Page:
Myanmar will go ahead with plans to send domestic helpers to Hong Kong, says a Liberal Party lawmaker and an investor in the country, despite the latest allegations of abuse raising concerns for maids' safety.
Felix Chung Kwok-pan met Myanmar's labour minister, U Aye Myint, on Monday - after the former employer of Indonesian maid Erwiana Sulistyaningsih was charged with abusing the 23-year-old, who remains in hospital in her home country, and two other maids.
"The minister brought up the case [of Erwiana] in the meeting and asked if there was any legislation in Hong Kong that protects the foreign maids," said Chung.
"But Myanmar still finds the plan attractive … I don't think the widely reported case of Erwiana will be a big problem."
Chung, who is involved in building a garment-manufacturing facility in Myanmar, said he had promised to submit a firm proposal to Myanmar on sending maids to the city, which would also spell out the laws protecting maids. He hoped both sides would meet again in March.
Hong Kong's Golden Mind Employment Agency has already become the first agency in the world to win Myanmar's permission to recruit domestic workers, with the first 55 maids due to arrive by the end of next month.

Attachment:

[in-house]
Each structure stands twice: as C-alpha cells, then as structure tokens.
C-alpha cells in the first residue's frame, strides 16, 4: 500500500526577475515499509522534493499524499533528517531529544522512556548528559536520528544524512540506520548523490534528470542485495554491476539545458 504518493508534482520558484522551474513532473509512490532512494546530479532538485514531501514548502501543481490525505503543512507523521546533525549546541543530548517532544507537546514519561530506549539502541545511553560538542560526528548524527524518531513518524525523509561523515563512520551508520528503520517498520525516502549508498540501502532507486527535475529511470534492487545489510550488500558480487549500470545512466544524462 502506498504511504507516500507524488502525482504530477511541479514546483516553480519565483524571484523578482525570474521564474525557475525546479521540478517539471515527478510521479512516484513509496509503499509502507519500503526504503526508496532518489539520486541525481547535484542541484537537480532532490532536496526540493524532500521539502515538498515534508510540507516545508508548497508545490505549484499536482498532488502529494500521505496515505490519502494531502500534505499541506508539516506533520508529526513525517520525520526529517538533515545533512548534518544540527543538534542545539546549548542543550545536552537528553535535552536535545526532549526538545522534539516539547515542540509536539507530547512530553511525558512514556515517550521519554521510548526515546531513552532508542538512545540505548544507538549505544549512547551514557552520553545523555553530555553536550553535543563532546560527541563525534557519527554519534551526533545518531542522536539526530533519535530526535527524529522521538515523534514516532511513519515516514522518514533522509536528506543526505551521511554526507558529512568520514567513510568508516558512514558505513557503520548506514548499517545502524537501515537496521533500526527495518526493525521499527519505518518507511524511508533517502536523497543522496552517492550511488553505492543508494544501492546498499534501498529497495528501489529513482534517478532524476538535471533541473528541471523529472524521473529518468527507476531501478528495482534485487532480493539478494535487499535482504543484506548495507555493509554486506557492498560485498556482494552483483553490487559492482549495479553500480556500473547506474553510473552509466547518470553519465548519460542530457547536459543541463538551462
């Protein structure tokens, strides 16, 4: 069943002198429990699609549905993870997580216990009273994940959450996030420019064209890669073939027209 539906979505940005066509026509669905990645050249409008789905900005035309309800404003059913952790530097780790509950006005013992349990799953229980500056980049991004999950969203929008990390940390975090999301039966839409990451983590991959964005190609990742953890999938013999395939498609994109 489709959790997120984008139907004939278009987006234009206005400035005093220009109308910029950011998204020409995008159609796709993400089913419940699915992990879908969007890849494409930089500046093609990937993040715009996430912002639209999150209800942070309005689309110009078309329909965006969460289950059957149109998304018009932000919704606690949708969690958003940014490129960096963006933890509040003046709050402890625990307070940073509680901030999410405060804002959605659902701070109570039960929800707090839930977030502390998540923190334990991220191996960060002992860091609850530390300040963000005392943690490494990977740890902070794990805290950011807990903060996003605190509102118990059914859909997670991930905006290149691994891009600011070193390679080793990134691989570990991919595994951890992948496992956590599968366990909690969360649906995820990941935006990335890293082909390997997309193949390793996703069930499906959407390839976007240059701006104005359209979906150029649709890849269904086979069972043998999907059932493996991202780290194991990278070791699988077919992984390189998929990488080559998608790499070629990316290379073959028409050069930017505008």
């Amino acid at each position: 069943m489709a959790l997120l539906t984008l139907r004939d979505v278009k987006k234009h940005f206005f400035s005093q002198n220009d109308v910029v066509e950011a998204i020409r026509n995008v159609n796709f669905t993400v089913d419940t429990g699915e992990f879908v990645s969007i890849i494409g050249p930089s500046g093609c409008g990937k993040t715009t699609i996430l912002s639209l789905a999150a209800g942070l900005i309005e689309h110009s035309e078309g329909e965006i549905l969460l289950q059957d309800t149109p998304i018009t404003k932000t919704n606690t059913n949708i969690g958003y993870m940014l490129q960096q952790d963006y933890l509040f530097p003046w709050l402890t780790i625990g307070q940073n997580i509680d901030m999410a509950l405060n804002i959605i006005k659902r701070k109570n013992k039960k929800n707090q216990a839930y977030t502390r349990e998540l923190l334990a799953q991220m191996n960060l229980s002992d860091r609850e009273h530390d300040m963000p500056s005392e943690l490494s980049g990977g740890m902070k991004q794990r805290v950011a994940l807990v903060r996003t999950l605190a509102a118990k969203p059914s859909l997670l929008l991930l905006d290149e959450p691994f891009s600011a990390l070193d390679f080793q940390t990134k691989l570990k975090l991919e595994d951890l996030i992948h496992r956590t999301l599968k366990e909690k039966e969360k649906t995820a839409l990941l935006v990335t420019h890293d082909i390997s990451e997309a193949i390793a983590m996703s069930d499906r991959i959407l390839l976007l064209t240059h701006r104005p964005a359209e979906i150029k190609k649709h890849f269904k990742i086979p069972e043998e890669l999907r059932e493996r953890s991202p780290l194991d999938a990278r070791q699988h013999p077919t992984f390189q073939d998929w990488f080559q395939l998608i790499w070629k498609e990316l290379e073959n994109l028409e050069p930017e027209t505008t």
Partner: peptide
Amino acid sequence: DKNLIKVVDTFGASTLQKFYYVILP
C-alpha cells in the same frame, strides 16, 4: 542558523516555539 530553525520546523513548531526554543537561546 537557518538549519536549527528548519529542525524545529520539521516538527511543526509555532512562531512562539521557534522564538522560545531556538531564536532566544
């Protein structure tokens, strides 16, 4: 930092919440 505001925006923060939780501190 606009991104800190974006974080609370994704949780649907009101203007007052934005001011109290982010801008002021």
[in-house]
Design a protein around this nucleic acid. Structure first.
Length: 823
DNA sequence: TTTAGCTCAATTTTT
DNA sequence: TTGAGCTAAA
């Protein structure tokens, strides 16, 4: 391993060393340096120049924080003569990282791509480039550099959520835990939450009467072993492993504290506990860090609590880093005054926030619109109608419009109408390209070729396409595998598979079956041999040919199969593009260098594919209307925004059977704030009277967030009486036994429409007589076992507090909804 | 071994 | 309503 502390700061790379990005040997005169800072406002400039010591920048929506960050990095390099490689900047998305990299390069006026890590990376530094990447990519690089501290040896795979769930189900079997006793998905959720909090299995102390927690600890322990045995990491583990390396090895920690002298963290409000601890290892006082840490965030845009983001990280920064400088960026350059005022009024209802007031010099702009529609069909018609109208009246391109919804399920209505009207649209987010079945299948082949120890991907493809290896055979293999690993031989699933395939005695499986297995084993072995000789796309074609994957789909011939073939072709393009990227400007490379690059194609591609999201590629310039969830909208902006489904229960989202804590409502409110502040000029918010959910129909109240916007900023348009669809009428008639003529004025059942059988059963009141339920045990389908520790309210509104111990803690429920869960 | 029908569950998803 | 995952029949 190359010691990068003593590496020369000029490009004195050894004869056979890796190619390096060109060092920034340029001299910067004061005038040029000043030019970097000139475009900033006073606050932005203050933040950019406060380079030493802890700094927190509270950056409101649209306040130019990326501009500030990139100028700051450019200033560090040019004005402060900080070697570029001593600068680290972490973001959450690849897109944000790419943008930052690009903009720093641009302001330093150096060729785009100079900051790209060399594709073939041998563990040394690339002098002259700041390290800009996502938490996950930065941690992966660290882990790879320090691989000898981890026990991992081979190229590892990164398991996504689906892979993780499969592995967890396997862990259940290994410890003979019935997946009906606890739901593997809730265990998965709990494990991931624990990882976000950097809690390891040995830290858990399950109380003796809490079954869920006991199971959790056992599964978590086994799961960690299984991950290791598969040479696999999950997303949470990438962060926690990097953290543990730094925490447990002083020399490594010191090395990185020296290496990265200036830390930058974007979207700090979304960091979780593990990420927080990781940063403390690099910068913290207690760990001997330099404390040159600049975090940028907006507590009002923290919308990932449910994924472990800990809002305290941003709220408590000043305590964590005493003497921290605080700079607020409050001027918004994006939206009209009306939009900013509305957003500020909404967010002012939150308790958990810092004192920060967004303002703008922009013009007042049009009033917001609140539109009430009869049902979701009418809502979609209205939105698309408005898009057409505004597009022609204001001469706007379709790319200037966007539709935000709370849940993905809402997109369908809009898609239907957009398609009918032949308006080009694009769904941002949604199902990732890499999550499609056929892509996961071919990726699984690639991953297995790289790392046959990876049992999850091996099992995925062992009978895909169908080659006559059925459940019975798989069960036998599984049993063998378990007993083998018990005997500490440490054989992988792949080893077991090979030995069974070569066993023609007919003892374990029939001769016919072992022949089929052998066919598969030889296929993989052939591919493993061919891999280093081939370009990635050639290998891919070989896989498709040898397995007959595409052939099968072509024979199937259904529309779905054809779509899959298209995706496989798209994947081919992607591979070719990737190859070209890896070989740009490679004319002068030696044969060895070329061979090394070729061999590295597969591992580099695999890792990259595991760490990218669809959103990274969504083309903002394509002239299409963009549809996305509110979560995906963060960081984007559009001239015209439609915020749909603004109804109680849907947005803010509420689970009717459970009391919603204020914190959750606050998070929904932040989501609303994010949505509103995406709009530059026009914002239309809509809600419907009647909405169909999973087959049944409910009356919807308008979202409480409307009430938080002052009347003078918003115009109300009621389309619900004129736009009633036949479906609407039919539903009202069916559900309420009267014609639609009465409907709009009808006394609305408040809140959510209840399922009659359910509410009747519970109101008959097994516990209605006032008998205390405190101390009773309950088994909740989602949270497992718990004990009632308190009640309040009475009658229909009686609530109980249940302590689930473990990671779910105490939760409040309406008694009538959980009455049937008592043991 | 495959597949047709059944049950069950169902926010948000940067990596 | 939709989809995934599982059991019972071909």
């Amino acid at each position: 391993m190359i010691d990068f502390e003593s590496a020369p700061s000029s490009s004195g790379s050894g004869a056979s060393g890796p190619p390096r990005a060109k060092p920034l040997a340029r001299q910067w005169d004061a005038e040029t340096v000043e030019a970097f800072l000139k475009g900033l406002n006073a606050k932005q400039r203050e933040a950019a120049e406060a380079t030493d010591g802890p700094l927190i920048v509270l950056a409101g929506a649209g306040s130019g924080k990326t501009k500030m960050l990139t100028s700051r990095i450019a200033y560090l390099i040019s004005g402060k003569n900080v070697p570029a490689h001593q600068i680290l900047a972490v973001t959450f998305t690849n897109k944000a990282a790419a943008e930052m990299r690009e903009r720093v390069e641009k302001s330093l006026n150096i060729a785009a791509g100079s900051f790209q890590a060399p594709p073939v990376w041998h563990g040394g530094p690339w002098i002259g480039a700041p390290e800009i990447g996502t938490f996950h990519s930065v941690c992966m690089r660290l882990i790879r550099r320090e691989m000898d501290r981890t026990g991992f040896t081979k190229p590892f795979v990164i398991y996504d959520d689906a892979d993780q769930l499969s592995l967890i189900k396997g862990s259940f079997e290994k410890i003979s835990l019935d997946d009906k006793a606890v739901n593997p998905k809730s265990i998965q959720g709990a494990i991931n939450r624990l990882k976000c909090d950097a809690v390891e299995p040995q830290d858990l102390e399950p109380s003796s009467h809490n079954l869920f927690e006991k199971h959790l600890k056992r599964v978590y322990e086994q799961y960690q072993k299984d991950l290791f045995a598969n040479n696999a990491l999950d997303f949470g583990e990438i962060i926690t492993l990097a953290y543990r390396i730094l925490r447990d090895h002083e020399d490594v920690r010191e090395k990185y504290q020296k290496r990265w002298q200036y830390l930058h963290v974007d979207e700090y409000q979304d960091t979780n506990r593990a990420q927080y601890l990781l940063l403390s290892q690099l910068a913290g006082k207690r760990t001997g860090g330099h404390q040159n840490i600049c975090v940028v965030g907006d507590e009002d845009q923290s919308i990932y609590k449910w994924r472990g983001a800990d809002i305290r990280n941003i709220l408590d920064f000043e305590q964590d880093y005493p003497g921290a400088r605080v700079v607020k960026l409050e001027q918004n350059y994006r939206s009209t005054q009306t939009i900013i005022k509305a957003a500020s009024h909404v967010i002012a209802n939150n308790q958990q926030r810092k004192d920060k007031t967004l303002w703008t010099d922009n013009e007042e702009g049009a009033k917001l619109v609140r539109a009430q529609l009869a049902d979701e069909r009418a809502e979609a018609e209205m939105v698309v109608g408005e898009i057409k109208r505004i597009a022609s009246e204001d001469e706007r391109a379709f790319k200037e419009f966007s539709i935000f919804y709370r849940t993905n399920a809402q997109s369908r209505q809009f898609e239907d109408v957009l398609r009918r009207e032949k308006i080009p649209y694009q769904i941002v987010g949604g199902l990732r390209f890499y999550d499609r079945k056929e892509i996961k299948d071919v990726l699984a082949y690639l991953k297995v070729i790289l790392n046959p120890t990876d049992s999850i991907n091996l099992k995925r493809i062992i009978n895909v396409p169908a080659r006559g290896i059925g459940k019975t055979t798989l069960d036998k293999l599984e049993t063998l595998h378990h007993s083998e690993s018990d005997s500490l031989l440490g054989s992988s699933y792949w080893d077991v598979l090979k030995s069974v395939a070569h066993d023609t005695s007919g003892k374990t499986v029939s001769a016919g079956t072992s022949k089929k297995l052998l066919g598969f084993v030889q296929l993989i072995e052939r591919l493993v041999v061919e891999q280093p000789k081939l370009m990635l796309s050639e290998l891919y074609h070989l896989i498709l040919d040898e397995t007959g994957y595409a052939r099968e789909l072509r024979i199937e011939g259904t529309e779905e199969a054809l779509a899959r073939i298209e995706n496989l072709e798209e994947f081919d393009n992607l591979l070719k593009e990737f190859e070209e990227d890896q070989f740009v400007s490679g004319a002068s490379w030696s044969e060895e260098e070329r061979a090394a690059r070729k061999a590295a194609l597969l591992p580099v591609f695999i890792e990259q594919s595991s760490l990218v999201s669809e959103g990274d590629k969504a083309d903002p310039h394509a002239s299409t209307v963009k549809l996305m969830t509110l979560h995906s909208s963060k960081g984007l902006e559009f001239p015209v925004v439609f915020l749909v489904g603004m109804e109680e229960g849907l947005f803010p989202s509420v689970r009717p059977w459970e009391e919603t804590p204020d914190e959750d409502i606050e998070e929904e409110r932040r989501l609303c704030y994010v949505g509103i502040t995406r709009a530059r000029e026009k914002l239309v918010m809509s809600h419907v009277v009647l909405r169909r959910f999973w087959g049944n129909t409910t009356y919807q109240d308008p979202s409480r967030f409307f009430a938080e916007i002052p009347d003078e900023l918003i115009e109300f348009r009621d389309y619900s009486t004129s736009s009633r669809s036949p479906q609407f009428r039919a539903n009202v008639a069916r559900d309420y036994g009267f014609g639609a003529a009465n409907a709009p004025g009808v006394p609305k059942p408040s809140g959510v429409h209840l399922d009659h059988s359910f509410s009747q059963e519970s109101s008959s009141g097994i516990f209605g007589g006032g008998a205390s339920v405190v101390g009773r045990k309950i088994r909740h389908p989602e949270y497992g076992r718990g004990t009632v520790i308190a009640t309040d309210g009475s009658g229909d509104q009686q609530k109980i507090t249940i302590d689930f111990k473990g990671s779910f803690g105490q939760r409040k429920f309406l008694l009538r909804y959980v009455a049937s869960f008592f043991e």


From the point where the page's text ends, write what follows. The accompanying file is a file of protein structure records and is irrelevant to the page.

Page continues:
Another Hong Kong agency, Technic Employment Service Centre, is to have its second meeting with Myanmar officials by the end of February. Chung hoped his negotiations would lead to up to 20,000 domestic workers a year coming to Hong Kong from Myanmar.
He added that Myanmar would also like Hong Kong to provide training as "they are unsure about Hongkongers' requirements and the city's culture and background".
Technic Employment Service Centre's managing director, Teresa Liu Tsui-lan, said the media exposé of the Erwiana case had not affected its deals.
"It has not even affected Indonesians' intentions to work in the city," she said.
Myanmar has emerged as a source of domestic workers after Indonesia said it intended not to send any more citizens abroad to work as helpers by 2017. The Myanmese consulate could not be reached yesterday.
Deputy police commissioner Stephen Lo Wai-chung yesterday said the risk of employers assaulting maids was "not particularly high".